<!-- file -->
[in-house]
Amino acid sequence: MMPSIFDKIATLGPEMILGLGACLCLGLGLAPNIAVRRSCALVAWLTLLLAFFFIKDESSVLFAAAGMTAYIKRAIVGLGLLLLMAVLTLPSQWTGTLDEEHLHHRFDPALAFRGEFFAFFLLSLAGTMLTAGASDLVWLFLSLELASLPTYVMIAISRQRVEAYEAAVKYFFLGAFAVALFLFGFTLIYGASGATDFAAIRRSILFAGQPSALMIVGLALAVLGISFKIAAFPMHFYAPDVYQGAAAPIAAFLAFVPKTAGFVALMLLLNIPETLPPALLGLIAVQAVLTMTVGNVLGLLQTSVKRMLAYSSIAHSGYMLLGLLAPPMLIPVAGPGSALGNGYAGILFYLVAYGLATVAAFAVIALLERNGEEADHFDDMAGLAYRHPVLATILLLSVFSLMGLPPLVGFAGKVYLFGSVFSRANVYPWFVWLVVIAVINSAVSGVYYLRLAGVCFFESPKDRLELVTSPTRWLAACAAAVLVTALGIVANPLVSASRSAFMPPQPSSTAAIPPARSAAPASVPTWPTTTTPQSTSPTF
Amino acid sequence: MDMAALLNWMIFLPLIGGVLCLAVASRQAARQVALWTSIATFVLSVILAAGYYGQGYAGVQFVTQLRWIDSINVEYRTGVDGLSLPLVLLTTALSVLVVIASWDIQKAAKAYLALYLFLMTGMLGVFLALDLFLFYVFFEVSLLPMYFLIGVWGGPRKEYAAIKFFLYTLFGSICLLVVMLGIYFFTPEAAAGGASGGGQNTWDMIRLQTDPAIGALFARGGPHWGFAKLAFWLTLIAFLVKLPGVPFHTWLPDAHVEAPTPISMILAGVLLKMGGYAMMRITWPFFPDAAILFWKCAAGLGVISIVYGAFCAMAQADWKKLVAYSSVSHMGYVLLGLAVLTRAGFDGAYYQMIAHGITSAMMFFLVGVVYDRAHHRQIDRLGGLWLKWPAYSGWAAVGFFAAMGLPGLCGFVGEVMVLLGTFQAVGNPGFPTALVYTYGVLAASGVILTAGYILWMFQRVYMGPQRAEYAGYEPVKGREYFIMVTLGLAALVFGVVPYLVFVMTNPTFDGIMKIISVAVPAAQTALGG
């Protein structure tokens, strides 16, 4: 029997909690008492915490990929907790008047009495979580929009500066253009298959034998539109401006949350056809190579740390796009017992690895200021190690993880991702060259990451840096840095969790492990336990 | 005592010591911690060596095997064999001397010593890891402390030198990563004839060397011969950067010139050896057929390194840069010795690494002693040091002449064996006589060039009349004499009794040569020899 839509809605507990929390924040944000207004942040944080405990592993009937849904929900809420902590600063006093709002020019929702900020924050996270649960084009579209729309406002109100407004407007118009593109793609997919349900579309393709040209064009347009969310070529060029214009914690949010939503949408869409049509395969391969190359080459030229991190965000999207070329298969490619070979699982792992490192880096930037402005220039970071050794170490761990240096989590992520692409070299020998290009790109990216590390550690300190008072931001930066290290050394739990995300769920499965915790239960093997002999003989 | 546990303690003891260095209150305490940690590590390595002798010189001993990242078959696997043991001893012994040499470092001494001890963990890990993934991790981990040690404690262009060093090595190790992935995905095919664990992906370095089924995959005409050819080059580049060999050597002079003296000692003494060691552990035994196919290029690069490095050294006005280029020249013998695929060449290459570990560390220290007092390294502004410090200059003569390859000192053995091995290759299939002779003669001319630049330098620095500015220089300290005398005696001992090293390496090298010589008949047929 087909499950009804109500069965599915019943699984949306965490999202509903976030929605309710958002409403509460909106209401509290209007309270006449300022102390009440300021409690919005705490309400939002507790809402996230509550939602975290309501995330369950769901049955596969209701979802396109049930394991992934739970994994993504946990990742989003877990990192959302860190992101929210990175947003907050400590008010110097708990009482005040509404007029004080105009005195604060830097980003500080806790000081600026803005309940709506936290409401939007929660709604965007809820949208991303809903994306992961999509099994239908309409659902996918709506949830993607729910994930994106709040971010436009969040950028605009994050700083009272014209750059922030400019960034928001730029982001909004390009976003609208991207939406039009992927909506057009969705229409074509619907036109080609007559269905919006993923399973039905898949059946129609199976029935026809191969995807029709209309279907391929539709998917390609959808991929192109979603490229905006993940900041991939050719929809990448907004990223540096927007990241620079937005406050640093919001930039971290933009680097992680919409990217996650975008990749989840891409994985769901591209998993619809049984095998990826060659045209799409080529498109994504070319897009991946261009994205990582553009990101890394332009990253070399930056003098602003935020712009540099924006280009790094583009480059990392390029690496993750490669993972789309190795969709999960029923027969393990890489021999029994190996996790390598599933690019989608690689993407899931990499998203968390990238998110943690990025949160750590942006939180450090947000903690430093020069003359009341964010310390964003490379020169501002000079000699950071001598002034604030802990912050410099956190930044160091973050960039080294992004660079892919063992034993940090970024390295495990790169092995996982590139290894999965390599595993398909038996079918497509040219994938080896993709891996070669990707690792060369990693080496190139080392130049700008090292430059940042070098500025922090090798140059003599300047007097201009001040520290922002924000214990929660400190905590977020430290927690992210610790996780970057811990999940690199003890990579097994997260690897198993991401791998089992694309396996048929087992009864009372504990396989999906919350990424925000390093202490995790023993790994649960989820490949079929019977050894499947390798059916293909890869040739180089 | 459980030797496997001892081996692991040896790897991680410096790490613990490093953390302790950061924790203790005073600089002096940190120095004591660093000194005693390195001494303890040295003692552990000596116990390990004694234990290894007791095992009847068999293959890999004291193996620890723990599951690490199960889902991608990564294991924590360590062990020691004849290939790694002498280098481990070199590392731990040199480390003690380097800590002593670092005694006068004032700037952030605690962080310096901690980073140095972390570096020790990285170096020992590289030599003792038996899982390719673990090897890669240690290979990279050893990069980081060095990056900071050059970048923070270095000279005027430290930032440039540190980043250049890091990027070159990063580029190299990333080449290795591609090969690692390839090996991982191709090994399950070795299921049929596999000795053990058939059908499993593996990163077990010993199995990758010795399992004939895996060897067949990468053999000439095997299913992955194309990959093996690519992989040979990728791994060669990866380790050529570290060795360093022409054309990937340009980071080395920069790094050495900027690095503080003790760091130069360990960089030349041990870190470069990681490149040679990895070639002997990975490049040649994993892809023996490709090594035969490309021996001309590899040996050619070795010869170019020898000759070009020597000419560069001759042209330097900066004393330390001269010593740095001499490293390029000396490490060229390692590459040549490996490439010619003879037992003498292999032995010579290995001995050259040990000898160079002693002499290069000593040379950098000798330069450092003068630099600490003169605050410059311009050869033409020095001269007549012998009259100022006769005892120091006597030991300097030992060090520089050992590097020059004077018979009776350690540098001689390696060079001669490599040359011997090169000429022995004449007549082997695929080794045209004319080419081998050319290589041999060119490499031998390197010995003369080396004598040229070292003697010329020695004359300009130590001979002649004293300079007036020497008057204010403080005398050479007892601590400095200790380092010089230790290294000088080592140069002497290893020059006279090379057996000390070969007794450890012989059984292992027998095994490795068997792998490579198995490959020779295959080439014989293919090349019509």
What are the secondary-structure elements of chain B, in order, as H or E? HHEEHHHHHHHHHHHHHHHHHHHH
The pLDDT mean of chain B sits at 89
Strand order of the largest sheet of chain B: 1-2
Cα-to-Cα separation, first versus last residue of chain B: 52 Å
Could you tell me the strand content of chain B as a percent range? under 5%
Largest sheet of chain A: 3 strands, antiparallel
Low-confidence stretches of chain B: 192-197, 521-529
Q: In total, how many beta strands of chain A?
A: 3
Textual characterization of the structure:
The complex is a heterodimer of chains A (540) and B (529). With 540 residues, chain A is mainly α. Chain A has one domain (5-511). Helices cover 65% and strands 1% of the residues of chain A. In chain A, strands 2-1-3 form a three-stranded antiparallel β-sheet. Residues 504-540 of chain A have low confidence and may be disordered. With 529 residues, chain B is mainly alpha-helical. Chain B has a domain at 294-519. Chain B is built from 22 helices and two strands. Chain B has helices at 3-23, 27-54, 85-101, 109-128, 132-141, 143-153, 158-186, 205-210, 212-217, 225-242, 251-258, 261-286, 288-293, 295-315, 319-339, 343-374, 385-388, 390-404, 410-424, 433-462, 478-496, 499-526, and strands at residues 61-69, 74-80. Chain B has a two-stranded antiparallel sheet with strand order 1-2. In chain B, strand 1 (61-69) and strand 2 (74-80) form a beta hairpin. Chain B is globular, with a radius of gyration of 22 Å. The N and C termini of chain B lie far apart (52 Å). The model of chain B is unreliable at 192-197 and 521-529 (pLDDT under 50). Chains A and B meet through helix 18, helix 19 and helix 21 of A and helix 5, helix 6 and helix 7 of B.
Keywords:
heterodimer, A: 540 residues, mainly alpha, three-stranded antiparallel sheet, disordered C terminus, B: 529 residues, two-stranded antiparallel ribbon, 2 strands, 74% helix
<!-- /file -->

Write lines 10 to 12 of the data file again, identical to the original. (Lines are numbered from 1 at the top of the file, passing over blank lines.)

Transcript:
Largest sheet of chain A: 3 strands, antiparallel
Low-confidence stretches of chain B: 192-197, 521-529
Q: In total, how many beta strands of chain A?